Castle provides two hours of PE a week for its children. One hour of this is dedicated to specific sports outlined in the National Curriculum. The second hour is driven by Real PE. Real PE provides a comprehensive progression of skills from Reception to Year Six, building and developing on the previous year’s skills. This structure ensures that all children learn skills at a level that is suitable for them; these skills are easily monitored using the Real PE assessment system. Real PE focuses specifically on: balance, agility, coordination and fitness. These skills enable the children to access the National Curriculum lead sports efficiently.
Extra curriculum sports are encouraged at Castle School. After school clubs such as: Football and Quidditch feature weekly at Castle. Furthermore, Cross Country running events, organised by the local Sports committee, are available to children three times a term.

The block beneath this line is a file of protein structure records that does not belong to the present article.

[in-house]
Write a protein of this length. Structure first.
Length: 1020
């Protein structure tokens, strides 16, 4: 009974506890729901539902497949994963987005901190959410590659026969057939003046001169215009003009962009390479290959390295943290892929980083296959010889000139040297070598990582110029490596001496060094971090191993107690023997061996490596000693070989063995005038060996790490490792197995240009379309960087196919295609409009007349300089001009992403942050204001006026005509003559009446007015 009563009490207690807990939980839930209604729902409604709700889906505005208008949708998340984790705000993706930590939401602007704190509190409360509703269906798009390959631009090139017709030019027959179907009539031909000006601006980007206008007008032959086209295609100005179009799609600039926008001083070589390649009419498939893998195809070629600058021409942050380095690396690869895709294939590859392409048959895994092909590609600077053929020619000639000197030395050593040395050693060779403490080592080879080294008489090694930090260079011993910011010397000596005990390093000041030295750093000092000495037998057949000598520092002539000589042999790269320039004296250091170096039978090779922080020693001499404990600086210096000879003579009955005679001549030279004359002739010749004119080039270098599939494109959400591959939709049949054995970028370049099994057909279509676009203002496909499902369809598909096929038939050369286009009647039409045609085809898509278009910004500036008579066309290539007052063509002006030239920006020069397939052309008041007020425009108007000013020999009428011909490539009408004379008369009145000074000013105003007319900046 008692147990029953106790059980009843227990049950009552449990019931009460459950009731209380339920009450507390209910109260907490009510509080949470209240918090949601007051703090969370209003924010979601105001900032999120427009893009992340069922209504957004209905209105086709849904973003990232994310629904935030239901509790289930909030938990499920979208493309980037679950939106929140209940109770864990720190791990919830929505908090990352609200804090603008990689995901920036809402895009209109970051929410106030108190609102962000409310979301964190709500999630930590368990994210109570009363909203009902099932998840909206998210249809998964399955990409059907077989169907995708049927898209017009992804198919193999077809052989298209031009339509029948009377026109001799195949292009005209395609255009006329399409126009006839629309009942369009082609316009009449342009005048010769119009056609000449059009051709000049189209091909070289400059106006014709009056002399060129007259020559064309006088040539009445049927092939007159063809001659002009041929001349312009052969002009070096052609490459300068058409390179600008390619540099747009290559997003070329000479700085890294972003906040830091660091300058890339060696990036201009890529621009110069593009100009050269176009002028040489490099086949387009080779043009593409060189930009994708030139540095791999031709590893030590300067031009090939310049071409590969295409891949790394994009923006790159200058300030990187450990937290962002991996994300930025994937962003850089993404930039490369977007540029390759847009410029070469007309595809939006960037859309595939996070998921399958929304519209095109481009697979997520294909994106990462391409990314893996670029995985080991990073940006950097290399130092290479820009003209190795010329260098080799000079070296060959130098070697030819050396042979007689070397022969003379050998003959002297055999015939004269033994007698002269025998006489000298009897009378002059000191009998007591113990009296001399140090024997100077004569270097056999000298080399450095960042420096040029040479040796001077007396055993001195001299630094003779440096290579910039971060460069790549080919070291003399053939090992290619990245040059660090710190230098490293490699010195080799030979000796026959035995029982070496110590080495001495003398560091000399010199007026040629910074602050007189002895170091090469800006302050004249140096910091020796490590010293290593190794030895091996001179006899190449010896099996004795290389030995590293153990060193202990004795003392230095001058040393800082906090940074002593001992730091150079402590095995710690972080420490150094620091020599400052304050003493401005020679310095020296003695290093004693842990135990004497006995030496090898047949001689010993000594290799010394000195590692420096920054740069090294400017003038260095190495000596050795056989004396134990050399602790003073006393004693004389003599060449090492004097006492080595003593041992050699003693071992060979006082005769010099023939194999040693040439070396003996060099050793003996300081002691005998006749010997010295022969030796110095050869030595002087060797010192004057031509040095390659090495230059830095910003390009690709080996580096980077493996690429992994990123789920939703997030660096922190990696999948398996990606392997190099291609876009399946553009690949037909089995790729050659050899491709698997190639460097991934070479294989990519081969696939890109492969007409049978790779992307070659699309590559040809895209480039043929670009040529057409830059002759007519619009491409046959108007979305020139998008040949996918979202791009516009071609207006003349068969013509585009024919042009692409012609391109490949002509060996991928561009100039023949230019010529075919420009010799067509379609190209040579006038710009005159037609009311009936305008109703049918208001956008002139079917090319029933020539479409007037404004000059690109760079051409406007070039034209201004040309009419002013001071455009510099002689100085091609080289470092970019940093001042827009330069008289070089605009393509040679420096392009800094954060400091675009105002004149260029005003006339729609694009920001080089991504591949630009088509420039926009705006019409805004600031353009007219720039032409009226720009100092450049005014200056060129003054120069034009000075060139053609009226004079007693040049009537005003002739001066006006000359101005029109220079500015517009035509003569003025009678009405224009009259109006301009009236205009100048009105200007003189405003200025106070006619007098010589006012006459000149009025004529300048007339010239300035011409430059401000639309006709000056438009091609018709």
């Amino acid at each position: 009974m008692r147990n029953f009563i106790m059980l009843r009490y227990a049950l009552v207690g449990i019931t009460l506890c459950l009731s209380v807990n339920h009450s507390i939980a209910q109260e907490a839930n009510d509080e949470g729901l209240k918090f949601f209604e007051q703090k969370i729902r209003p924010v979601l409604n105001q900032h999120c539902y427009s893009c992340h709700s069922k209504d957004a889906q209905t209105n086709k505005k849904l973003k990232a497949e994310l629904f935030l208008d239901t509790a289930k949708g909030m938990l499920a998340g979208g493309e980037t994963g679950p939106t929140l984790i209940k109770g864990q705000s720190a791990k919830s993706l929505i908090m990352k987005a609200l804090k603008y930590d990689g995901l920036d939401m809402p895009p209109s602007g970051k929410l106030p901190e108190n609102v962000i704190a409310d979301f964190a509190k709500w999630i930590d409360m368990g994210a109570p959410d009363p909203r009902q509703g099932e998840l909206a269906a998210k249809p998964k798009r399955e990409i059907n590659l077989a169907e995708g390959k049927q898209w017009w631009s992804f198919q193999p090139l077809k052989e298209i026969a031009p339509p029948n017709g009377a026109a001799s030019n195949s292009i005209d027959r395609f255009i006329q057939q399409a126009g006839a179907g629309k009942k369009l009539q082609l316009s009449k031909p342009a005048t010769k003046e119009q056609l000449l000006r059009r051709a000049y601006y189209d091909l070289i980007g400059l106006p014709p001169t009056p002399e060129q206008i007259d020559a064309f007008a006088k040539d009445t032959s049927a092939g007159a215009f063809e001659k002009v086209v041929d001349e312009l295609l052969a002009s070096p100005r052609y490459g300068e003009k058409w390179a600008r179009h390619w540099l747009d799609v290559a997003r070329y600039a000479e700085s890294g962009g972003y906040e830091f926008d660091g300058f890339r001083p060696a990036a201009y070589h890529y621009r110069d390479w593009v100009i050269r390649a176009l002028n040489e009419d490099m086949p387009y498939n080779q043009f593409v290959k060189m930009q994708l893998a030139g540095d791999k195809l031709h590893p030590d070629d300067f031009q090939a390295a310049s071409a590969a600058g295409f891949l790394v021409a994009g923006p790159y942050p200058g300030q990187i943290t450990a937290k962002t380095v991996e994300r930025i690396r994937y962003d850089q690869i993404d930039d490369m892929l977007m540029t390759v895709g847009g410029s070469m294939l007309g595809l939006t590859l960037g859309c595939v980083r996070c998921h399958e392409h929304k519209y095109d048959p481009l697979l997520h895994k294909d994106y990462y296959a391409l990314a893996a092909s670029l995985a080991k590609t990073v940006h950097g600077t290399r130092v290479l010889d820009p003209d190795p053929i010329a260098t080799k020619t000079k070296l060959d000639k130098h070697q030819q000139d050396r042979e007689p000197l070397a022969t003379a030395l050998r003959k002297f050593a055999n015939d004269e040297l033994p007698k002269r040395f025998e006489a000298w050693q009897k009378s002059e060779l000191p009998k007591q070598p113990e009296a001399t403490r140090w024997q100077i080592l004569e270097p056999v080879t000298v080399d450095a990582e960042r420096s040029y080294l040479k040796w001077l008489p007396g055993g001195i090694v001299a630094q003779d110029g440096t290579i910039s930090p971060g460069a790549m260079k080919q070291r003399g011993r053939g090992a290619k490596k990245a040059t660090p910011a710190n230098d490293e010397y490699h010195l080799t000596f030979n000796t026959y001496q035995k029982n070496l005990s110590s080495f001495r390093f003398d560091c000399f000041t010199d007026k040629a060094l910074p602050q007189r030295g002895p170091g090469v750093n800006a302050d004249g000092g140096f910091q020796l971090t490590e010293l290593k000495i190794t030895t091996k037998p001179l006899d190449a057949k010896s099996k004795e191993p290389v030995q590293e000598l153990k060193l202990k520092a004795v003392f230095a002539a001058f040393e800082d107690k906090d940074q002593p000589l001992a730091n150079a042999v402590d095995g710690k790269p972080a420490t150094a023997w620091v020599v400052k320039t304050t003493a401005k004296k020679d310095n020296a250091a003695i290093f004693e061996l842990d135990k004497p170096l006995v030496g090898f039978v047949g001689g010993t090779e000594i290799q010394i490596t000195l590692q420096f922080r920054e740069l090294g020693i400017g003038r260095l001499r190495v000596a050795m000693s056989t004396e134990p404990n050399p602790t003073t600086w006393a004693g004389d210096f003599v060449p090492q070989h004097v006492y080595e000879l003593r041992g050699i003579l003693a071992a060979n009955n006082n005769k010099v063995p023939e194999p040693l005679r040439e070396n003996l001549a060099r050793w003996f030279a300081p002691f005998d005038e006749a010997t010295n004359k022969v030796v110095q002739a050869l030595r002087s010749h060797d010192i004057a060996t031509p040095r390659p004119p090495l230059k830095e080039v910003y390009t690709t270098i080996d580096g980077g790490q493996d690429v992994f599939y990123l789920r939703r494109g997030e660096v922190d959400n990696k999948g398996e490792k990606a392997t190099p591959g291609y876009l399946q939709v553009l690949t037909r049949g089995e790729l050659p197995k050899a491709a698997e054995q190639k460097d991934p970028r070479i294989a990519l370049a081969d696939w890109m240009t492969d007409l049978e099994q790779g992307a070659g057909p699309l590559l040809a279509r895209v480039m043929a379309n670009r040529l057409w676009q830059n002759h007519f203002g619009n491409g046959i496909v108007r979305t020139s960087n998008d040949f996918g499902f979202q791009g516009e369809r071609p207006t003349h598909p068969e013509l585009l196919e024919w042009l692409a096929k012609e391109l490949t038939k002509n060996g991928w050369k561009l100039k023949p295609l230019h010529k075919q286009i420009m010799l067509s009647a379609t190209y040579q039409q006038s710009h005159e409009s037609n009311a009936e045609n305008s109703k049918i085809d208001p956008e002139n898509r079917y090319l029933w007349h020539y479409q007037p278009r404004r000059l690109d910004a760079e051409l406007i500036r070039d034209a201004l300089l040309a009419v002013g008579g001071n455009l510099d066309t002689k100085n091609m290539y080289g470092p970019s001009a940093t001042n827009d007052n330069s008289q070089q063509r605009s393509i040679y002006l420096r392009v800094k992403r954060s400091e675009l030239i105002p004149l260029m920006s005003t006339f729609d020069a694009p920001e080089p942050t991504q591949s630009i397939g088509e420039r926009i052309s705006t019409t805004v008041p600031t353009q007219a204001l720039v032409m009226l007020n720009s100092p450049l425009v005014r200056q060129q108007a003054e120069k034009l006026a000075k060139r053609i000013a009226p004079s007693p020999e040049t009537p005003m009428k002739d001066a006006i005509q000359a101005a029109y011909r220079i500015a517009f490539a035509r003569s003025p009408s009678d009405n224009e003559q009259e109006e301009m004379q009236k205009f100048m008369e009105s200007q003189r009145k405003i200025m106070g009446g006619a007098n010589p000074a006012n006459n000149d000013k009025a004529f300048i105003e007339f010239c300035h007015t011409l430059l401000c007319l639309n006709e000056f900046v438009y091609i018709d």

Our children have a secure understanding of leading healthy lifestyles. Through our extensive programme of teaching, our children have been afforded the skills to enable them to participate in sports and team games. The benefits of our P.E curriculum have afforded our children with the skills to be able to work as part of a team and individually with the confidence to make decisions for both themselves and the team.
Through experiences offered to Castle children, our children have the ability to take the initiative and become excellent young leaders, organising and officiating, and evaluating what needs to be done to improve- leading to motivating and instilling excellent sporting attitudes in others.
Our children use movement and dance to demonstrate exceptional levels of originality, imagination and creativity- supporting their overall confidence and boosting self-esteem. These skills enable Castle children to have the self-belief and motivation to take the necessary steps to improve themselves as young adults, including having the resilience to be brave and take risks in life.